Pay close attention if someone you know and love is taking drugs for Parkinson's.  Drugs for Parkinson's disease can turn patients into gamblers, sex addicts and compulsive shoppers

Parkinson’s is a degenerative condition that occurs when nerve cells in the brain die, causing a lack of the chemical dopamine.  This, in turn, interferes with movement and co-ordination.

The disease is incurable - the aim of treatment is to alleviate the symptoms. There are two types of medication: ‘levodopa’ drugs, used since the Sixties, and ‘dopamine agonists’, introduced 12 years ago.
Both attempt to replace the missing dopamine, but the levodopa group restores it artificially, while dopamine agonists mimic its role by stimulating nerve cells.
The Parkinson’s Disease Foundation says in one earlier study, dopamine agonists were linked with compulsive behaviours in up to 14 percent of patients….Dopamine agonist drugs were 277 times more likely to result in a report of specific impulse control symptoms than other drugs

Eat your greens to fight the blues: Scientists say eating large amounts of fruit and vegetables can make you happy

A study by The University of Queensland found that eight or more portions of fruit and vegetables drastically improves mental wellbeing. Dr Redzo Mujcic collected data from 12,000 Australians.
It found that eight fruits and vegetables each a day is ideal. Less than 10 per cent of Australians are eating this amount. The study found that fruit has a larger impact on mental health than vegetables and women experience the benefit more than men.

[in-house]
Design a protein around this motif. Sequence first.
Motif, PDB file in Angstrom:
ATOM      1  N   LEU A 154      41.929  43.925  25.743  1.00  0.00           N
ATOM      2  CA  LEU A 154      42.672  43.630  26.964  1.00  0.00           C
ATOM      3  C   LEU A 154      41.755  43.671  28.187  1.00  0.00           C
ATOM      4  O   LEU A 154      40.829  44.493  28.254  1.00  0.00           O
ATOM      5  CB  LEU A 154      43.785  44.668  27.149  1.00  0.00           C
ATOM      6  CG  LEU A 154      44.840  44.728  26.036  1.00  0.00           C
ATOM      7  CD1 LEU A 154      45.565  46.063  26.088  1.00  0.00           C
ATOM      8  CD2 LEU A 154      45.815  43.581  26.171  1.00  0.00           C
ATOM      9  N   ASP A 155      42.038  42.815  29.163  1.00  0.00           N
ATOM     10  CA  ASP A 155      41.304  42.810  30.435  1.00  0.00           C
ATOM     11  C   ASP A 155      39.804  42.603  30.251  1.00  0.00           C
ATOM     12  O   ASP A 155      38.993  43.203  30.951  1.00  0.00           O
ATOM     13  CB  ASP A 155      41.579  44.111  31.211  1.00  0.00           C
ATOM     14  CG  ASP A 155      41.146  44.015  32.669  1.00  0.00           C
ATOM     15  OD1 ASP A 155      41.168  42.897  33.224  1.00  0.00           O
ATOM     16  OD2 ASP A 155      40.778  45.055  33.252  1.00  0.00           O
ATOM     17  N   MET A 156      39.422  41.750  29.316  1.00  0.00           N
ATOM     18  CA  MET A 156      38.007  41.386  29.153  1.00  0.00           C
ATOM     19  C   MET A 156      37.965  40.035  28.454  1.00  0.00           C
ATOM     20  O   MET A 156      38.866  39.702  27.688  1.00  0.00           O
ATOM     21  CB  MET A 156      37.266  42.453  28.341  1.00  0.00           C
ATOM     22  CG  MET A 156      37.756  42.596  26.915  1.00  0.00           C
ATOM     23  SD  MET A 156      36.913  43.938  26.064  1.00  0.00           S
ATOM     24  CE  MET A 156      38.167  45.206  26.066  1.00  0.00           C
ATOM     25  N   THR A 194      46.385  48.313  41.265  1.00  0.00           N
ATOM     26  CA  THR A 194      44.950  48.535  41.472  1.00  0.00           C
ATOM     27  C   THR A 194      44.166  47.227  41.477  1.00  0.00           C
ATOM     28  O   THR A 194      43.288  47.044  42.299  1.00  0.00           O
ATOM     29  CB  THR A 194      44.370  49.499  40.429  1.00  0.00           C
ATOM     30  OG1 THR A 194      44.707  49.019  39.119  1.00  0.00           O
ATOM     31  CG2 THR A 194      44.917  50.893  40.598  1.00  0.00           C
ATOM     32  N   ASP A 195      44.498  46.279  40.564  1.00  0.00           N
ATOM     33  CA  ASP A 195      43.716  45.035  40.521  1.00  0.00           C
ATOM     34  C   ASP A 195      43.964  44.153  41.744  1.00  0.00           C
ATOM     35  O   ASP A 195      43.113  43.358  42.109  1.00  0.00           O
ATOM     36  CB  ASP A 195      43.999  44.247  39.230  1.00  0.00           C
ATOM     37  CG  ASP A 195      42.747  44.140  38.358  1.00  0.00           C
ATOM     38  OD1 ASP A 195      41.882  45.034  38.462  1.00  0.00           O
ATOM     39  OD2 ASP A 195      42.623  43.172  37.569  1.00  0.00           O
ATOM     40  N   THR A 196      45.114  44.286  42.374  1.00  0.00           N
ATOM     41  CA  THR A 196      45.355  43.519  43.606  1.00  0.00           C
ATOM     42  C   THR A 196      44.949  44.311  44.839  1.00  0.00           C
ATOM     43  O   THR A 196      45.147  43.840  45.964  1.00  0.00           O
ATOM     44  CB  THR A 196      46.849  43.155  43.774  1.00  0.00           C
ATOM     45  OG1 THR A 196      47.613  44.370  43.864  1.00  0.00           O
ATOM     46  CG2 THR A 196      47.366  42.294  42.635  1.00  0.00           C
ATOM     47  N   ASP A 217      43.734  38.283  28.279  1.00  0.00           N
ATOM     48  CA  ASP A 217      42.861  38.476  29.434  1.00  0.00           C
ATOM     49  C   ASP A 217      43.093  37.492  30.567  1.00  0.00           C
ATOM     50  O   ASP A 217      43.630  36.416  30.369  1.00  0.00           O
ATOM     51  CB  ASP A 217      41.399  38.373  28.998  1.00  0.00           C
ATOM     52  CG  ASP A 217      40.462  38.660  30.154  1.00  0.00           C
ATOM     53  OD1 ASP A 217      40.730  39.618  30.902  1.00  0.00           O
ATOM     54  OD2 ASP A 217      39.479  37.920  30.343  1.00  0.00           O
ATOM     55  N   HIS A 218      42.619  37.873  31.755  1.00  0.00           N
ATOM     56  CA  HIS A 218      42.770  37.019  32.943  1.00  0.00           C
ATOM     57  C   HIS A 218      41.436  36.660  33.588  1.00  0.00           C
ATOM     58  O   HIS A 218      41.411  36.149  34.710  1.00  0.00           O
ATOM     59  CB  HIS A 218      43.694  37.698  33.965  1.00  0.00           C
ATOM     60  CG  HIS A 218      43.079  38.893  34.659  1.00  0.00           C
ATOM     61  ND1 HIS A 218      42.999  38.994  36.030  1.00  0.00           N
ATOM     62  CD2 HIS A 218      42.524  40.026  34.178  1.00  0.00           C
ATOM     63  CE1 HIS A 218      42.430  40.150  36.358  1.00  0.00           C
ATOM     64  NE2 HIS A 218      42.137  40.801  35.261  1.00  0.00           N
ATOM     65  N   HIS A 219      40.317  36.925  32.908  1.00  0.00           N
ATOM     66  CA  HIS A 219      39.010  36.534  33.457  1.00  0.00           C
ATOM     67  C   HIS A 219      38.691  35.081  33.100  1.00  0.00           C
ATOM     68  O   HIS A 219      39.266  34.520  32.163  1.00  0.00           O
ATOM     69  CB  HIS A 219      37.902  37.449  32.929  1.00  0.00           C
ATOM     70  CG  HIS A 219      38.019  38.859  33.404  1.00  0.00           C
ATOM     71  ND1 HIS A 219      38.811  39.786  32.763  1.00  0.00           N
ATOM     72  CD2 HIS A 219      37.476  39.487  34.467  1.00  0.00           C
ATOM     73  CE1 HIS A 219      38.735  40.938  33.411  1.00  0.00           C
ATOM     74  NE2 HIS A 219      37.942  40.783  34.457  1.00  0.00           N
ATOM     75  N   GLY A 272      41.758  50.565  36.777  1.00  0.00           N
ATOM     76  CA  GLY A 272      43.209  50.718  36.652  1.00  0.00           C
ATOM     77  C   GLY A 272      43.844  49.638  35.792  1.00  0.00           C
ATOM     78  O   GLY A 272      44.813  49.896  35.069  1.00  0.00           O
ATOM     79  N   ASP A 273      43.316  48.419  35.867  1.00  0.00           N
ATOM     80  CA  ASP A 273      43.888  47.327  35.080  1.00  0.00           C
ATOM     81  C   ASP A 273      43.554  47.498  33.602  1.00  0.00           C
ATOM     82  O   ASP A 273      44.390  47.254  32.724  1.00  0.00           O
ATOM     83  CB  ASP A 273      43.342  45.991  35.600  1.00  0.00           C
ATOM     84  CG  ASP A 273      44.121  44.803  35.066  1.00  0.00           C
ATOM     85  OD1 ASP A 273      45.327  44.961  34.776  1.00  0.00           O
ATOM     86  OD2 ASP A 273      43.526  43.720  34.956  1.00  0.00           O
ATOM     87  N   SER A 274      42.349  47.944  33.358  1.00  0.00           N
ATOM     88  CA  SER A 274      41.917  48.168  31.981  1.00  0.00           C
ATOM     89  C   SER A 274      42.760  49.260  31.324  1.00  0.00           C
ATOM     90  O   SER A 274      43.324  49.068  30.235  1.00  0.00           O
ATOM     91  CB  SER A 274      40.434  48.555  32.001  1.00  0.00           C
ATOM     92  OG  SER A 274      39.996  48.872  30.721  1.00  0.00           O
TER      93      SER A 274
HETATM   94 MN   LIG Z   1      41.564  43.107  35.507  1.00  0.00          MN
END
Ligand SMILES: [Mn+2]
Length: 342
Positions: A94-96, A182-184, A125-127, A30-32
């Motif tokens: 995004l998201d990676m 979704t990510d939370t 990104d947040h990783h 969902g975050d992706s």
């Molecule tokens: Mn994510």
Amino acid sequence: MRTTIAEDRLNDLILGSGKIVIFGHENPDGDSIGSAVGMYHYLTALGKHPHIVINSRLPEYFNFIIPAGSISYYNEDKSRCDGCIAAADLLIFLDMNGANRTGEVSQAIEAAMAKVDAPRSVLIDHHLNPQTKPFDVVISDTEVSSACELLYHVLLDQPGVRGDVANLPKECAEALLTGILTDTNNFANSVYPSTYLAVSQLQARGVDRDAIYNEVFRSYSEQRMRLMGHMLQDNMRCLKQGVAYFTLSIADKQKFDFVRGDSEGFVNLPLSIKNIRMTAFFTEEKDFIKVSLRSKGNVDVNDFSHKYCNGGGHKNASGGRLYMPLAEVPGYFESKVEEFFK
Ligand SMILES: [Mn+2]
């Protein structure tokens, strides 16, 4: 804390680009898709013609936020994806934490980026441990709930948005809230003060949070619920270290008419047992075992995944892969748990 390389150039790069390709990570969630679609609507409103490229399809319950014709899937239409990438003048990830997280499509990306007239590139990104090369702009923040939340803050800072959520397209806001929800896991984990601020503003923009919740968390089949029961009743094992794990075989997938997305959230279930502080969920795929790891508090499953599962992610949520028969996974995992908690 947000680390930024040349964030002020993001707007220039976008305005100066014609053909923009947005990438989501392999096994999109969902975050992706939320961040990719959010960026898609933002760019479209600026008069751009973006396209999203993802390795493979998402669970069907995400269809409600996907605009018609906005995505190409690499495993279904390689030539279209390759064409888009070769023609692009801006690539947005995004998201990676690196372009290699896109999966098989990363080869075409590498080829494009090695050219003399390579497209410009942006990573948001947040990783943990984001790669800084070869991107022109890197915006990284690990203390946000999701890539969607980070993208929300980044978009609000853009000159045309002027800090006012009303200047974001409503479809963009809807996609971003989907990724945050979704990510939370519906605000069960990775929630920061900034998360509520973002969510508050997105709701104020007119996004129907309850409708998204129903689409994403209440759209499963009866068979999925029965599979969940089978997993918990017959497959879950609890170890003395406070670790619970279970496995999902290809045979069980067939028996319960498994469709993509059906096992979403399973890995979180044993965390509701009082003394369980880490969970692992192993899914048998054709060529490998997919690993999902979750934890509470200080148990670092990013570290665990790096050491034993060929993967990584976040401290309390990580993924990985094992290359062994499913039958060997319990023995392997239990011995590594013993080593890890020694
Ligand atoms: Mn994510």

Ketamine Restores Ability to Experience Pleasure in Depressed Patients Within Minutes

There are many faces to depression: sadness, hopelessness, trouble sleeping, lack of motivation, an inability to experience pleasure. That last one has a medical name—anhedonia—and people experiencing it often no longer enjoy activities that used to bring happiness. Anhedonia is not found just in depression; it can be an important part of other disorders, including schizophrenia, obsessive-compulsive disorder and addiction.

In a study published this month in Translational Psychiatry, researchers have found that a drug called ketamine can help quickly reverse anhedonia in patients with treatment-resistant bipolar depression (also known as manic-depression or bipolar disorder).
Ketamine has previously been shown to help rapidly reverse other aspects of depression in a number of studies; doctors use the drug to treat patients at several hospitals around the country, although it remains illegal to possess without a prescription and hasn’t yet been approved by the Food and Drug Administration for psychiatric purposes. On the party drug circuit it’s sometimes called “Special K” and is abused for its anaesthetic and hallucinogenic effects.

The researchers found that a single injection of ketamine led to a significant improvement in normal pleasure-seeking behavior in as little as 40 minutes, and this dramatic improvement lasted as long as two weeks for some of the 36 participants.

The Internet of Things Can Lower Cost of Eldercare The Silver Economy in the Financial Times:

Lively, a US-based company, sticks sensors on everything from medications to food and drink to learn an older person’s routine, sending alerts at any abnormalities to an app on the carer or child’s phone.
As the cost of care rises, Lively is being used by some care companies as a “last mile solution”, charging $40-$45 a week to wrap services and monitoring around the system, on top of the $25 a month Lively costs, he said.